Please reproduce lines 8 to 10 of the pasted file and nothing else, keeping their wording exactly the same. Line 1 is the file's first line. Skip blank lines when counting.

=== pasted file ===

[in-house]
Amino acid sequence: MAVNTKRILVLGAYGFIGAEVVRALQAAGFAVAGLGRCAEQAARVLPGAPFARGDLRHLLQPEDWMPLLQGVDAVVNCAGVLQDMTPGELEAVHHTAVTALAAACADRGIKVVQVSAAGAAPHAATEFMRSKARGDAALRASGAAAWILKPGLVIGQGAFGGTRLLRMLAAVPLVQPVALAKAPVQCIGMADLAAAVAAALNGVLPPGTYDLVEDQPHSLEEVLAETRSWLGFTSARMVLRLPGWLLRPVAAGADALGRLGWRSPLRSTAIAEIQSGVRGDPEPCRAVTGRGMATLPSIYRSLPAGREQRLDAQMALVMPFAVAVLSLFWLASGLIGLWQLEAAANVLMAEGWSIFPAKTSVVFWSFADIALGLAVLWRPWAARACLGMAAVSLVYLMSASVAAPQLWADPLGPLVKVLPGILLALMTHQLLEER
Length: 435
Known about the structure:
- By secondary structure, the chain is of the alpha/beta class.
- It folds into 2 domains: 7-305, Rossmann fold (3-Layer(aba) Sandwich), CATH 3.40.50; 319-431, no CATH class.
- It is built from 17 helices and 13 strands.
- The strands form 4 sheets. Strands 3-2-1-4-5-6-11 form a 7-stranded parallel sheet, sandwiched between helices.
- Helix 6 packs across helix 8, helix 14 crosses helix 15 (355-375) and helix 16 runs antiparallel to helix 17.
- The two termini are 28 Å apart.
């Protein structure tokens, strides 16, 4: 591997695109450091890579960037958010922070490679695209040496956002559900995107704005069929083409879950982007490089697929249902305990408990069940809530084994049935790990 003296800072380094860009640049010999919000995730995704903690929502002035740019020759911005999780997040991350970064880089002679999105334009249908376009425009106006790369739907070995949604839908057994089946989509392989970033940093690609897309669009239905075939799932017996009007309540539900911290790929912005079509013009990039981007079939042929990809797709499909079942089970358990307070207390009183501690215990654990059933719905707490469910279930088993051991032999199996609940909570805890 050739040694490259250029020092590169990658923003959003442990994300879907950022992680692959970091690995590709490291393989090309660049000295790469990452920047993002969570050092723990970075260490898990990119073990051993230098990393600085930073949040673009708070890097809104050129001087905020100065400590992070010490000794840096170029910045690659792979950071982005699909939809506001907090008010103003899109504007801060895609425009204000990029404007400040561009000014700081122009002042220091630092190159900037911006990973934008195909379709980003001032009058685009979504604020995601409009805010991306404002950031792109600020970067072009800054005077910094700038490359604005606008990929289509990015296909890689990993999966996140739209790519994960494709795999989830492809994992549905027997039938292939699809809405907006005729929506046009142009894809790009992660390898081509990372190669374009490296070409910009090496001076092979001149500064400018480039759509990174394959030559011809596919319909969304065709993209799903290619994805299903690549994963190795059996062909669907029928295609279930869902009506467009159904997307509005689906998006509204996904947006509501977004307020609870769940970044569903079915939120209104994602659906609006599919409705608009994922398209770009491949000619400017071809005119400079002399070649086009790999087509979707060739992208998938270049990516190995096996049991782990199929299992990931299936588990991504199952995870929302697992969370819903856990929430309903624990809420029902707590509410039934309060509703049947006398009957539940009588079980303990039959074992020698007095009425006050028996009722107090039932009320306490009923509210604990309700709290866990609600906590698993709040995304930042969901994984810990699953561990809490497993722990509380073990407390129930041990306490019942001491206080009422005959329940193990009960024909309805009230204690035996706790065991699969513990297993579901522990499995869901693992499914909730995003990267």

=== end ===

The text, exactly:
- The strands form 4 sheets. Strands 3-2-1-4-5-6-11 form a 7-stranded parallel sheet, sandwiched between helices.
- Helix 6 packs across helix 8, helix 14 crosses helix 15 (355-375) and helix 16 runs antiparallel to helix 17.
- The two termini are 28 Å apart.